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Limiting Unsolicited Bulk Email

IMC's members have expressed a strong interest in helping to come up with solutions to the problem of unsolicitied bulk email (UBE), better known as "spam". The use and abuse of UBE is spreading rapidly, and many Internet users are complaining loudly about the very negative effects it has on them.


IMC Report Details Solutions to Unsolicited Bulk Email

Furthering its effort to help groups who are working to reduce or eliminate unsolicited bulk email, IMC has produced the second of its reports on the problem. The report, "Unsolicited Bulk Email: Mechanisms for Control", lists the many technical and legal solutions being discussed and shows how they affect Internet mail users.

Many people believe that spam is caused by the fact that there are many open SMTP relays on the Internet. IMC's report on open relays, "Allowing Relaying in SMTP: A Series of Surveys", analyzes the percentage of SMTP servers that are open relays.


IMC Report Defines Unsolicited Bulk Email And Its Problems

Many groups are discussing ways to help reduce or eliminate unsolicited bulk mail. However, few of these groups, including the state and national legislatures that are considering laws relating to unsolicited bulk email, have set down good definitions for what they are trying to curtail and what the problems are.

To aid these groups, IMC has written a report titled "Unsolicited Bulk Email: Definitions and Problems". The report gives precise definitions that are readable by laypeople and yet are precise enough for legislators. Further, the report gives concise overviews of the problems that UBE causes, and who is most affected by these problems. It does not take sides on which of the many solutions that have been proposed would be best; instead, it lets the groups debating the issues start with a common base so that they can clarify how their particular solutions help alleviate particular problems caused by UBE.


U.S. and State Anti-UBE Legislation

Many people know about the bills being considered by the U.S. Congress to limit UBE (a good overview of the bills can be found at the Center For Democracy and Technology's "Junk Email" pages). However, there are now bills in many state legislatures that would ban or limit UBE. There is a very good site at the John Marshall Law School that covers both federal and state anti-UBE bills and laws. David Sorkin runs another good site that covers spam laws around the world.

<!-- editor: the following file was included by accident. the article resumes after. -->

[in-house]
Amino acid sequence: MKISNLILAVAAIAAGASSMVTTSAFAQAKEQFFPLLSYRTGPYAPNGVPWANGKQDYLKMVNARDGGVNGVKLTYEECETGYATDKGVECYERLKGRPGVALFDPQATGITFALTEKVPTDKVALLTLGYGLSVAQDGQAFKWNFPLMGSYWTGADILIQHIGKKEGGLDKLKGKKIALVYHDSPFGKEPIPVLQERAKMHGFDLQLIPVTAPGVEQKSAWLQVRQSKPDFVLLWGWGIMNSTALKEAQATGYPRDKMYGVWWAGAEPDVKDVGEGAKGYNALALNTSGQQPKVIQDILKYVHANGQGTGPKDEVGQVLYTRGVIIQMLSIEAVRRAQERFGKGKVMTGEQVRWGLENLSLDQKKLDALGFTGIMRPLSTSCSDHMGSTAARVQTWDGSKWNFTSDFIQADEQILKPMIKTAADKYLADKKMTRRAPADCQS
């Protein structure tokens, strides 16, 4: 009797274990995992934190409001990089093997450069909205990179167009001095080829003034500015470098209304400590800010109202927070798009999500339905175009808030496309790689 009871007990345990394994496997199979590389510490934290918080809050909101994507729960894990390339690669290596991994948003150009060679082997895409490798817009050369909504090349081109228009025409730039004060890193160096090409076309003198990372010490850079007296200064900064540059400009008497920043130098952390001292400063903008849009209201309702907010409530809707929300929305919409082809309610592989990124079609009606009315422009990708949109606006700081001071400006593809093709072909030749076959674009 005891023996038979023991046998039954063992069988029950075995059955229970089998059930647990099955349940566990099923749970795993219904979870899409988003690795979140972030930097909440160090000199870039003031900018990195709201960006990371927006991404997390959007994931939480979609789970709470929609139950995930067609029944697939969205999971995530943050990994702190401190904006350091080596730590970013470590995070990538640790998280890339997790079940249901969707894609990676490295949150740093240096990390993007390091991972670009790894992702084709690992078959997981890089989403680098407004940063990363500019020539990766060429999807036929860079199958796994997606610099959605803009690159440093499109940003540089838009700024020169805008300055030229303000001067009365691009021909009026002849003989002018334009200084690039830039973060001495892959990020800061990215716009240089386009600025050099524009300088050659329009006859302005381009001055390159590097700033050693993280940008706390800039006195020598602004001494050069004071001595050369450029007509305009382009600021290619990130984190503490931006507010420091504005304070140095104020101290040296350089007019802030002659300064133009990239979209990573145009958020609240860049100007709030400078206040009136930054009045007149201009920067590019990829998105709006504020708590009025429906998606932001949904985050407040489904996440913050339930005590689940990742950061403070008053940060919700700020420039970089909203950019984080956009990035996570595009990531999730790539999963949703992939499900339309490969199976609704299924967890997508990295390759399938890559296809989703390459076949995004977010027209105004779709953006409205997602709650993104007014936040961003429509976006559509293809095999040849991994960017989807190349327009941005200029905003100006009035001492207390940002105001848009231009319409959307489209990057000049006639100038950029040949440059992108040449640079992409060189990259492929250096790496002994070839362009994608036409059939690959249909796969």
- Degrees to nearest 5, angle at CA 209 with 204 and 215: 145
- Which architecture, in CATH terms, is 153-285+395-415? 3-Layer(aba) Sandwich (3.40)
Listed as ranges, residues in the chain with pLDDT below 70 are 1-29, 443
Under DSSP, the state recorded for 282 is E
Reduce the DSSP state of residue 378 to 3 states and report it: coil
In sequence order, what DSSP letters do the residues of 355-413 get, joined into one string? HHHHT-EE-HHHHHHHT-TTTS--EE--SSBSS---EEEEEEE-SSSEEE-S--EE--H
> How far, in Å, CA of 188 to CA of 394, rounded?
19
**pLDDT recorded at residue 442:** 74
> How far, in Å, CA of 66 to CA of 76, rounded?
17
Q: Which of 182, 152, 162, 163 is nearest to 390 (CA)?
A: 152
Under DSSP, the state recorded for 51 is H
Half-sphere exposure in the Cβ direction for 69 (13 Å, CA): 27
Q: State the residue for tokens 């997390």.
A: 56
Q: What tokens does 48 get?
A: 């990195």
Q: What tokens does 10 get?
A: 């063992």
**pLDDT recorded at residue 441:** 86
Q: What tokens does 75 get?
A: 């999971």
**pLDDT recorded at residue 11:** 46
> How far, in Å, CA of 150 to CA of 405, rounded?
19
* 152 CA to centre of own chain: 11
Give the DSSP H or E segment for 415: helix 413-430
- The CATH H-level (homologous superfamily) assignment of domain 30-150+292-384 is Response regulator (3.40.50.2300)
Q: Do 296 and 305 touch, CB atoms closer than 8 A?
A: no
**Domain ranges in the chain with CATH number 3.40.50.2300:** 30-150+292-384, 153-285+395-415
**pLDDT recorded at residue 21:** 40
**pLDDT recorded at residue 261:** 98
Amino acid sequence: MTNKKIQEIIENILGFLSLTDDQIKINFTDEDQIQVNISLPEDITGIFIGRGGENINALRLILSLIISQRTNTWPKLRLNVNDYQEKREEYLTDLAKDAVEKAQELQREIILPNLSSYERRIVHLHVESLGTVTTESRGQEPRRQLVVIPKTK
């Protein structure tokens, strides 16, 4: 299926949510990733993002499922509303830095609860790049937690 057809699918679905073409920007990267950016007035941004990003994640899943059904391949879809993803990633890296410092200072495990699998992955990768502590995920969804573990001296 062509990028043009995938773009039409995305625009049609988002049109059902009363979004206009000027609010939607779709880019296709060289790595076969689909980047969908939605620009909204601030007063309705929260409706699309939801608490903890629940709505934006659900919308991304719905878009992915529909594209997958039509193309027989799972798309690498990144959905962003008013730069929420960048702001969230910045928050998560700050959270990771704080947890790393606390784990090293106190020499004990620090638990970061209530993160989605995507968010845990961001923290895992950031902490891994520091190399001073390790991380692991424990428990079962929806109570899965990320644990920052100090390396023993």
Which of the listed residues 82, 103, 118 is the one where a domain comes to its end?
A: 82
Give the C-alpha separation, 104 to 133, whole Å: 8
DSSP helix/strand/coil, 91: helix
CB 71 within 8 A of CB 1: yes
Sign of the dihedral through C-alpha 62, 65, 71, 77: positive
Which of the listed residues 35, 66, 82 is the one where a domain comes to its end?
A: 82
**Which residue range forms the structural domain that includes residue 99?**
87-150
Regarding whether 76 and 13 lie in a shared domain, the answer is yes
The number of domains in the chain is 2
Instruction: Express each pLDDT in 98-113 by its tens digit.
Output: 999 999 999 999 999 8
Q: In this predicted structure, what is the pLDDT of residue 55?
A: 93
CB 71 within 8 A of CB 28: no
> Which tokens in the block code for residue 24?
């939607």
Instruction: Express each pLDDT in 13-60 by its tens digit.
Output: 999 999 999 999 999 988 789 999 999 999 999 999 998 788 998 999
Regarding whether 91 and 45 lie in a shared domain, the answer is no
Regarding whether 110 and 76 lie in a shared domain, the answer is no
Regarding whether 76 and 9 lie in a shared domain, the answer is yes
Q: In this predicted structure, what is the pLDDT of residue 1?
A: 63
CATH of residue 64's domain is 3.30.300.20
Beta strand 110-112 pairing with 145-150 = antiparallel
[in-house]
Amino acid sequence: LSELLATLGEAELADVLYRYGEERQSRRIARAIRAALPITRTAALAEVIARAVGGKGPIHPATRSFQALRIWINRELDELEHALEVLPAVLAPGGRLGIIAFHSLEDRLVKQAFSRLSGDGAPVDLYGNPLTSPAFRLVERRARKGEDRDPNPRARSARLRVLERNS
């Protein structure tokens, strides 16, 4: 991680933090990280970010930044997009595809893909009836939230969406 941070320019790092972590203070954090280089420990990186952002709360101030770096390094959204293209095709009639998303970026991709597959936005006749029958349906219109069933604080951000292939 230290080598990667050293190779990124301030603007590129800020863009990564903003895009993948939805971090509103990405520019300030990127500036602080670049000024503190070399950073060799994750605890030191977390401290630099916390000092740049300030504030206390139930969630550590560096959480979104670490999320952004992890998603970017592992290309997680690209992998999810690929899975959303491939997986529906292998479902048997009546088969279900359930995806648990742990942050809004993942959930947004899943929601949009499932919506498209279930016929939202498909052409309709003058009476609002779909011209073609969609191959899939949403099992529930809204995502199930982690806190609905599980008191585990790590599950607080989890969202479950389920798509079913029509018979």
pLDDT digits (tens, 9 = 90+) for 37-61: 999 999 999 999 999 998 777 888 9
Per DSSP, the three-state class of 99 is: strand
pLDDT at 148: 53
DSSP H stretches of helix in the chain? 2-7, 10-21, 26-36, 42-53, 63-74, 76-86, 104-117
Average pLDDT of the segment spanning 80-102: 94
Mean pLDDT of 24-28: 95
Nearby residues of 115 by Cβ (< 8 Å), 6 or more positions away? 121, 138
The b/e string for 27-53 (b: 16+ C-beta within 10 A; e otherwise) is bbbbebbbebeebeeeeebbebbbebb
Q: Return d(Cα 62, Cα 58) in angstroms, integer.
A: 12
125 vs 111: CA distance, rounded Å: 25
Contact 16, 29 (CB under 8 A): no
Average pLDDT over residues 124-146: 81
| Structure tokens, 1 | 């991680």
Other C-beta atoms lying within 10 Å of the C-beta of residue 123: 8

IMC has found that there has been very little legal research done on the effectiveness of proposed anti-UBE legislation in the US. Because of this, IMC commissioned three legal memos that should aid legislators and others who are considering or drafting laws that are meant to reduce or prevent UBE. The memos are:


Anti-UBE Resources

We have found many excellent articles that describe the problems and possible solutions for UBE:

For up-to-date news about spam, there is an excellent newsletter called spamNEWS. It covers spam from a variety of perspectives, and is a must-read for IS and mail managers.

Phil Agre has put together an excellent guide called How to Complain About Spam that lists many anti-UBE tools and resources. In addition, there is a good overview of anti-UBE resources organized by Scott Hazen Mueller. Another excellent list of anti-UBE resources is maintained by the Electronic Software Publishing Corporation.

RFC 2505, "Anti-Spam Recommendations for SMTP MTAs", describes how you can help thwart spammers from using your SMTP server as a launching pad for sending spam.

RFC 2635, "DON'T SPEW: A Set of Guidelines for Mass Unsolicited Mailings and Postings (spam*)", describes why unsolicited bulk email (UBE, better know as spam) are harmful both to the Internet and to the sender. This Informational RFC brings together a great deal of good advice about spam and how to help prevent it from being sent. RFC 3098, How to Advertise Responsibly Using E-Mail and Newsgroups or - how NOT to $$$$$ MAKE ENEMIES FAST! $$$$$ is a companion document that describes good marketing practices.


One technical solution being proposed is to help SMTP servers filter mail. The work being done on this is hosted by the IMC on the MTA filters discussion list.


If you have suggestions for other high-quality articles, or have other suggestions about how IMC should be involved, please send them to phoffman@imc.org.